Once again, Mr. Edwards found himself in an intimidating, deep-end situation, and had to learn to swim. After his manager was injured and had a long recovery, Mr. Edwards was again “thrust into this management position all of a sudden,” and he went “from just being like ‘Okay, I’ll pick up some shifts here and there to make some extra money,’ and suddenly, it became a more permanent thing for me, so I ended up doing that for a while.”

He and his wife were then offered the opportunity to become resident heads for undergraduates at the University of Chicago, which he said was “sort of my entry into administrative work.” Additionally, he worked for housing and dining, supervised the resident heads, and was responsible for student and operations in three or four dorms. “I started to learn a lot about university administration,” he said. “I just liked it. I liked it a lot and I decided that, wow, this administrative thing is something that I could really see myself doing.” During this time, he also earned a master’s degree (“It’s hard to be in an academic environment and not get sucked into the actual academics at some point,” he noted), and then he “bumped over from the student life side of things to the academic side of things as an academic advisor and then Associate Dean of Students.”

He described his time at the University of Chicago as “an opportunity for me to continue growing as a professional and ultimately, after spending my undergraduate years there, after working there and getting a masters for another 11 years, I was kind of like, ‘Okay, am I gonna spend the rest of my career at the U of C, [or] am I gonna see what else is out there?’” He decided he “just wanted to continue growing, and I started looking around and this opportunity came up at the Latin School, and it struck me as a really unique opportunity for me to take.”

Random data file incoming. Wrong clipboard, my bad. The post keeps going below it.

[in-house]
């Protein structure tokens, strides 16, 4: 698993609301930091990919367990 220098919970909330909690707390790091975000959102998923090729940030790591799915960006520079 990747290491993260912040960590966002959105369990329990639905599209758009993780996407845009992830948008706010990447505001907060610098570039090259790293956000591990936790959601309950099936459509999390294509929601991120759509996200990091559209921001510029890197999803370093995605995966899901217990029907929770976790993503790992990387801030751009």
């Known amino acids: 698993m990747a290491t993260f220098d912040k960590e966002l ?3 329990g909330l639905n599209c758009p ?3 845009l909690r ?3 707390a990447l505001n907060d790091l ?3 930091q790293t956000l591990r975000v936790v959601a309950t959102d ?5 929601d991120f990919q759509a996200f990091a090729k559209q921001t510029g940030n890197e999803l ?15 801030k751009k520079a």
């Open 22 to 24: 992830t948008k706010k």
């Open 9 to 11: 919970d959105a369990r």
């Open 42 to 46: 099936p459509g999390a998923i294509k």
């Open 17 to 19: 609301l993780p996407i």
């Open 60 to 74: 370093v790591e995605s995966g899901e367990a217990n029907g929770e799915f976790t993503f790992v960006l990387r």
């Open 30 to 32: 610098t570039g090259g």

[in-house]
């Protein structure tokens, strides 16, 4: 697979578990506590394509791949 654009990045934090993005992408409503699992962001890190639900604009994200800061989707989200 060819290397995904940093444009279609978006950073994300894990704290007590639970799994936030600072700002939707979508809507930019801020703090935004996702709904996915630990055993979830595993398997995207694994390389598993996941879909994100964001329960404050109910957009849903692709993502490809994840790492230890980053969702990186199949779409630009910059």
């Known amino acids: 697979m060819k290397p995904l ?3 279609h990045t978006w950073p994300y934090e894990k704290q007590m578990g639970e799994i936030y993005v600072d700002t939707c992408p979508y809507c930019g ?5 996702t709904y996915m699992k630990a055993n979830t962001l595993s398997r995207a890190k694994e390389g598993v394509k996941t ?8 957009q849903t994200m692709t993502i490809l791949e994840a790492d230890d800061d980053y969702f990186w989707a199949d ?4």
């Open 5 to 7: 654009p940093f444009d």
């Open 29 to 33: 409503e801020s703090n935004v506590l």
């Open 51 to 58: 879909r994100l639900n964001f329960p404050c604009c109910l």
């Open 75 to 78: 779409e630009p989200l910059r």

He noted that each individual school within the University of Chicago is ranked in the top five in their respective fields. “I had the good fortune to work with students at a pretty high level and see what contributes to their success and their challenges, and it was my goal to use some of that knowledge in working with high school students, which was new for me at the time, but I sensed that, maybe having seen what informs success or challenge at that point, maybe working with students at an earlier point can help.” Ultimately, he said he wanted to help students “when [they’re] starting off [their] more serious academic life, versus wrapping it up.”

Reflecting on his life and the events that made him who he is today, Mr. Edwards said, “If there’s a red thread that connects all of my different experiences, it’s that whether it is working at Burger King and serving people the food that they want, working in a tux shop and giving people whatever style it is that they want, or in a casino, or in a college, or now at Latin, my goal has always been just to help people realize their own vision.” He added, “I’ve got my own ideas, I’ve got my own thoughts, but your life is yours and my life is mine. How can I help you realize your vision? I don’t want to imprint my vision on you, but you tell me where it is you want to go and how I can help you get there.”

His advice to any young person is that, while it’s important to have goals, “I also hope that people are willing to entertain ideas that come out of the blue sometimes.”

The only way to understand what it is to be human is to build empathy, and only once one builds empathy can one be a better leader. Mr. Edwards—from persisting through life’s curveballs, taking risks, and seeing the value in each human interaction—has become an empathetic role model for Romans. “I enjoy the sense of helping people realize their own vision,” he said. “It may not be something I agree with, it may not be something that I would want for myself, but that’s okay. That’s actually the point.”